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Differentiating Drug-related and State-related Effects of Dexmedetomidine and Propofol on the Electroencephalogram
University of Turku, Finland / Hospital District of Southwest Finland, Turku, Finland / Turku University Hospital, Finland.
Turku University Hospital, Finland / University of Turku, Finland.
University of Michigan Medical School, Ann Arbor, Michigan.
Turku University Hospital, Finland.
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2018 (English)In: Anesthesiology, ISSN 0003-3022, E-ISSN 1528-1175, Vol. 129, no 1, p. 22-36Article in journal (Refereed) Published
Abstract [en]

BACKGROUND

Differentiating drug-related changes and state-related changes on the electroencephalogram during anesthetic-induced unconsciousness has remained a challenge. To distinguish these, we designed a rigorous experimental protocol with two drugs known to have distinct molecular mechanisms of action. We hypothesized that drug- and state-related changes can be separated.

METHODS: 

Forty-seven healthy participants were randomized to receive dexmedetomidine (n = 23) or propofol (n = 24) as target-controlled infusions until loss of responsiveness. Then, an attempt was made to arouse the participant to regain responsiveness while keeping the drug infusion constant. Finally, the concentration was increased 1.5-fold to achieve presumable loss of consciousness. We conducted statistical comparisons between the drugs and different states of consciousness for spectral bandwidths, and observed how drug-induced electroencephalogram patterns reversed upon awakening. Cross-frequency coupling was also analyzed between slow-wave phase and alpha power.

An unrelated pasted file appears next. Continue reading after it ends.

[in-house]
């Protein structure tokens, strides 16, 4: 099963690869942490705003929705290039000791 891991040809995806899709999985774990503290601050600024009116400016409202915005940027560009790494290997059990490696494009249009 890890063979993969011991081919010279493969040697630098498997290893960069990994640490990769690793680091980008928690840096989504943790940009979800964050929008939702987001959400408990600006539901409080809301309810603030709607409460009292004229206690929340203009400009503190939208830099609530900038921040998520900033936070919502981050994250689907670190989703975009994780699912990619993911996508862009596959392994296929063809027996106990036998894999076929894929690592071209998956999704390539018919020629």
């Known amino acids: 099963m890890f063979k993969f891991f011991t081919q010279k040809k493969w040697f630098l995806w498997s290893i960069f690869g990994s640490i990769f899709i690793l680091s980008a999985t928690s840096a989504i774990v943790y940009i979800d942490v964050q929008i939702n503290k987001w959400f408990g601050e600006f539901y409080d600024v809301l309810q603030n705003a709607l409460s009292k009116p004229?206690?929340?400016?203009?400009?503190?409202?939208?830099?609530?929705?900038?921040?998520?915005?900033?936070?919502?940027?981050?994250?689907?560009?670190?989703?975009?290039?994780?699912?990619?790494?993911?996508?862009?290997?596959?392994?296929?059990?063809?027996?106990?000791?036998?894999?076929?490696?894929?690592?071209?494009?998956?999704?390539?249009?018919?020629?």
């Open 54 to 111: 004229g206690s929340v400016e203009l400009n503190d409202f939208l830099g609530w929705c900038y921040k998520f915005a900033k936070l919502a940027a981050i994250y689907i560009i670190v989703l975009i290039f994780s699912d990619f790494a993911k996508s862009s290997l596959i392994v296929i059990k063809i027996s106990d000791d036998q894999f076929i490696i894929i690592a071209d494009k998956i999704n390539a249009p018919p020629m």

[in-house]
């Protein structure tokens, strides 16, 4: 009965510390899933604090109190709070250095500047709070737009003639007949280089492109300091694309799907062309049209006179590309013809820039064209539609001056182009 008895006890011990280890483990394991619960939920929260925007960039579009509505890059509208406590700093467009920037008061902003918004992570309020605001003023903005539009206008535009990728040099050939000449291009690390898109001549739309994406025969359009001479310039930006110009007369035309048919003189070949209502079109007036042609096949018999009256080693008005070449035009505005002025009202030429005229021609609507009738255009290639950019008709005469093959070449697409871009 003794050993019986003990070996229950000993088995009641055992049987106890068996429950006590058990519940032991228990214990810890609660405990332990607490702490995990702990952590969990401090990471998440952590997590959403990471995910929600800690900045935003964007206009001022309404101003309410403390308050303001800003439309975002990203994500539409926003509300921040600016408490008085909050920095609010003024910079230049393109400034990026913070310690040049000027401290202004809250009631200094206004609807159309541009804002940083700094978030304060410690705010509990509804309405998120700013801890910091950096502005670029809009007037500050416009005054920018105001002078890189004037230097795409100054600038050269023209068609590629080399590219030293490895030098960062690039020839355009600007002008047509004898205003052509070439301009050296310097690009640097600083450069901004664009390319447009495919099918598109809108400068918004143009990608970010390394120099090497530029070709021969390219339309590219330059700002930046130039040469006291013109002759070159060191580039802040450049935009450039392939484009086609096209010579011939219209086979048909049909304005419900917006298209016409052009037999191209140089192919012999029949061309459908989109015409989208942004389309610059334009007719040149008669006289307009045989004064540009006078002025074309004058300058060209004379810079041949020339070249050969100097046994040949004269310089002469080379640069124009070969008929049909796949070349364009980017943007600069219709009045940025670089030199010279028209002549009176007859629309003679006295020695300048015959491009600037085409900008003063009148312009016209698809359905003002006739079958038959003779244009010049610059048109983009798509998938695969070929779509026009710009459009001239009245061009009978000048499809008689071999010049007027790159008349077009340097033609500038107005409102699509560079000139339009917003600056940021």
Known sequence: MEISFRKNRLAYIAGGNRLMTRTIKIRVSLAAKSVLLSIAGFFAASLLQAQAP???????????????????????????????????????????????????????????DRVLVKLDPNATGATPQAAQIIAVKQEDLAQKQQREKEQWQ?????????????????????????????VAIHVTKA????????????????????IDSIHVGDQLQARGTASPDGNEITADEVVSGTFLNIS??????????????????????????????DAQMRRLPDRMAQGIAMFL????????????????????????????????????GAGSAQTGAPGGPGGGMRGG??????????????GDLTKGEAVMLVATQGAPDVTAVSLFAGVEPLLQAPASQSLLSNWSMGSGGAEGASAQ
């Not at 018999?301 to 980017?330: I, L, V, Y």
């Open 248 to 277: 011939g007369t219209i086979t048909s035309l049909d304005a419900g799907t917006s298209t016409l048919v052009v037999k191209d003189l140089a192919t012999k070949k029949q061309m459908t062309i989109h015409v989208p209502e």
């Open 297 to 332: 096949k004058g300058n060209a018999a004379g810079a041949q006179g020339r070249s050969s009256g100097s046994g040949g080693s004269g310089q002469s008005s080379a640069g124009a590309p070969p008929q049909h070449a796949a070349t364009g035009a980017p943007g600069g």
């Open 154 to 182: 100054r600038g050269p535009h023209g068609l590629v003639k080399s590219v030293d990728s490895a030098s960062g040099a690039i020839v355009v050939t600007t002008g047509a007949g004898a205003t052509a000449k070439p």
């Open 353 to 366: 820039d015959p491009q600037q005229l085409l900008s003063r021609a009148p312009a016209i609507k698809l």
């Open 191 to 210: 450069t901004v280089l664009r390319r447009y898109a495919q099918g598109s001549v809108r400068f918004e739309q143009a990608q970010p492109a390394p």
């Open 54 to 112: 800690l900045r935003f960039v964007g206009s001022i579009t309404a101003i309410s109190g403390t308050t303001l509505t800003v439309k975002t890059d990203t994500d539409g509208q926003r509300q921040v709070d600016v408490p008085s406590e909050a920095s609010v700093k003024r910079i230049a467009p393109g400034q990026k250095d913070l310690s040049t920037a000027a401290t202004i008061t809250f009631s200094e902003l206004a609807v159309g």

RESULTS: 

Eighteen (78%) and 10 (42%) subjects were arousable during the constant drug infusion in the dexmedetomidine and propofol groups, respectively (P = 0.011 between the drugs). Corresponding with deepening anesthetic level, slow-wave power increased, and a state-dependent alpha anteriorization was detected with both drugs, especially with propofol. Negative phase-amplitude coupling before and during loss of responsiveness frontally and positive coupling during the highest drug concentration posteriorly were observed in the propofol but not in the dexmedetomidine group.

CONCLUSIONS: 

Electroencephalogram effects of dexmedetomidine and propofol are strongly drug- and state-dependent. Changes in slow-wave and alpha activity seemed to best detect different states of consciousness.

Place, publisher, year, edition, pages
2018. Vol. 129, no 1, p. 22-36
National Category
Biological Sciences
Research subject
Consciousness and Cognitive Neuroscience
Identifiers
URN: urn:nbn:se:his:diva-15616DOI: 10.1097/ALN.0000000000002192ISI: 000435563800006PubMedID: 29642080Scopus ID: 2-s2.0-85048814054OAI: oai:DiVA.org:his-15616DiVA, id: diva2:1219087
Available from: 2018-06-15 Created: 2018-06-15 Last updated: 2019-09-04Bibliographically approved

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Valli, KatjaRevonsuo, Antti

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